These have not been an easy two years for Madonna. Since the release of “Truth or Dare,” it seems she can do little right. Proud of the film documenting her “Blonde Ambition” tour, she had granted more interviews than ever before, and familiarity bred contempt.
Even more hype surrounded the release of her “Sex” book, followed by the disappointing “Erotica” album and the critically panned 1993 film “Body of Evidence,” all of which were seen as signs of her decline.
The box-office success of Penny Marshall’s feel-good female baseball film “A League of Their Own,” the hit singles “This Used to Be My Playground” and “I’ll Remember” (which is one of her best-selling singles ever, spending 24 weeks on the Billboard charts), and the sell-out Girlie Show tour have conveniently been forgotten.
“Madonna a-gonna!” screamed the headlines when the Girlie Show tour went to Britain, and tabloid stories this year have often portrayed her as a sad, sagging figure. In the United States, a perhaps ill-judged appearance on David Letterman’s late-night talk show in which the F-word was uttered more than once led to another thrashing.
The usual rescue remedy for American celebrities is the confessional: some expression of regret, followed by the public airing of a hitherto private problem, be it addiction to drink or drugs or childhood abuse. But Madonna, 36, is not up for such staged soul-searching. She isn’t after the sympathy vote. Instead, she has a theory, a theory she returns to again and again as we talk.
“I’m being punished,” she says in an interview in her Miami house, one of her three homes. “I’m being punished for being a single female, for having power and being rich and saying the things I say, being a sexual creature–actually, not being any different from anyone else, but just talking about it. If I were a man, I wouldn’t have had any of these problems. Nobody talks about Prince’s sex life, and all the women he’s slept with. You have to be intelligent about that and say, ‘OK, what’s being said here?’ I’m being punished for having a sex life. For enjoying it and for saying that I enjoy it. I really think it’s that simple.”
The Madonna I meet is nothing like the Madonna in her photographs: She looks younger, smaller, less imposing. Nor is she the pale, spotty, plain woman interviewers claim to have been greeted by. This Madonna has short, yellow blond hair slicked back from a very pretty face with minimal makeup: black mascara, red lipstick.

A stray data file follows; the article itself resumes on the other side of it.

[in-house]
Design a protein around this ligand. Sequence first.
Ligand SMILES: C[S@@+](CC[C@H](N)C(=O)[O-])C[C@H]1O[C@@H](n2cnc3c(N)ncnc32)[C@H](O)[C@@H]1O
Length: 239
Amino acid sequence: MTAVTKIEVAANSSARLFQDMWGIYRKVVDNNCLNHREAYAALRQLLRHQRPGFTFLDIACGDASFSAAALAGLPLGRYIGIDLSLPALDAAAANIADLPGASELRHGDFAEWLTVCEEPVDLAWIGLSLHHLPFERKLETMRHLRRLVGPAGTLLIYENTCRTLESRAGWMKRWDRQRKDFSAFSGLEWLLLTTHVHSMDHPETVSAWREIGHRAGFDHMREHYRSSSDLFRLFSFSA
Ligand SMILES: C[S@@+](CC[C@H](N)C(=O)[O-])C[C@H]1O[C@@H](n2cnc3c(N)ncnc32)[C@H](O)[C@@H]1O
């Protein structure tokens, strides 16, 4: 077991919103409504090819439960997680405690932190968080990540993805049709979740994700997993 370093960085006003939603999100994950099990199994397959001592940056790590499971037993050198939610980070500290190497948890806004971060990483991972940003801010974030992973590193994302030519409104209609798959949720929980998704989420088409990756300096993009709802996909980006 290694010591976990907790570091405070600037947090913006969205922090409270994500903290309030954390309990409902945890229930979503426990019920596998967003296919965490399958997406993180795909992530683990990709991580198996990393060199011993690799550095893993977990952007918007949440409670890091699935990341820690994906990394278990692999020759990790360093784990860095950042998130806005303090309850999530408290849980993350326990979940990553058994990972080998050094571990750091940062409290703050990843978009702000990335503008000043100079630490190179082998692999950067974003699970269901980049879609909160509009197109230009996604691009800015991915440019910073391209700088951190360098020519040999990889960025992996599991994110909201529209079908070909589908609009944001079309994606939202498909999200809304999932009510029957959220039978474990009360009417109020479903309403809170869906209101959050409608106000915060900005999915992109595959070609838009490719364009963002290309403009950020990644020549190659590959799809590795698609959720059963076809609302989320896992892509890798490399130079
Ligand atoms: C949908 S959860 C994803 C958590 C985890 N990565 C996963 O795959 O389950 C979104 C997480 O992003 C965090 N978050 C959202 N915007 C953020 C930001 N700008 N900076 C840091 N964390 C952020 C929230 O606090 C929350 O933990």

There are a couple of very fine lines on her forehead, but nothing more–probably rather less–than most people in their 30s. She is wearing a long black dress, black bra peeping fashionably out between the narrow straps, high-heeled mules, a pale blue ribbon tied ’round one ankle. She is relaxed, friendly and has a loud, open laugh.
Her house, decorated by Madonna’s younger brother Christopher, is beautiful in a simple, expensive yet unostentatious way. The arched doorways are picked out in fossilized local coral, the main ceiling is paneled wood. The furniture is tasteful, minimal and comfortable: big cream sofas sprinkled with fat cushions, church candles everywhere, dark wood in the 12-seater dining room. The art on the walls is mainly 19th Century and by Charles Victoire Moench, Bouguereau and School of Tiepolo.
“I feel I’ve been misunderstood. I tried to make a statement about feeling good about yourself and exploring your sexuality, but people took it to mean that everyone should go out and have sex with everyone, and that I was going to be the leader of that. So I decided to leave it alone because that’s what everyone ended up concentrating on. Sex is such a taboo subject and it’s such a distraction that I’d rather not even offer it up.”
She agrees that there is a defensiveness in some of the lyrics on her new album, “Bedtime Stories” (see review, Page 77) , particularly “Human Nature”: “It’s my definitive statement in regards to the incredible pay-back I’ve received for having the nerve to talk about the things that I did in the past few years with my ‘Sex’ book and my record. It’s getting it off my chest. It is defensive, absolutely. But it’s also sarcastic, tongue-in-cheek. And I’m not sorry. I do not apologize for any of it.”
Control is the key to Madonna’s appeal, and the reason why girls especially love her. At a time when feminism seemed to be asking women to choose between pleasure or progress, Madonna came along and said you could have it all: power, sex, glamour, money. Guilt was not necessary. Still, she says, women have also been her most vocal critics.
“There’s a whole generation of women–Courtney Love, Liz Phair, even Sandra Bernhard to a certain extent–who cannot bring themselves to say anything positive about me even though I’ve opened the door for them, paved the road for them to be more outspoken. Some of Liz Phair’s lyrics are blatantly sexual, and if I said those things, they would be viewed in quite a different way. But she has just started her career, so she’s not as intimidating. She doesn’t have the power I have, so people are amused by it.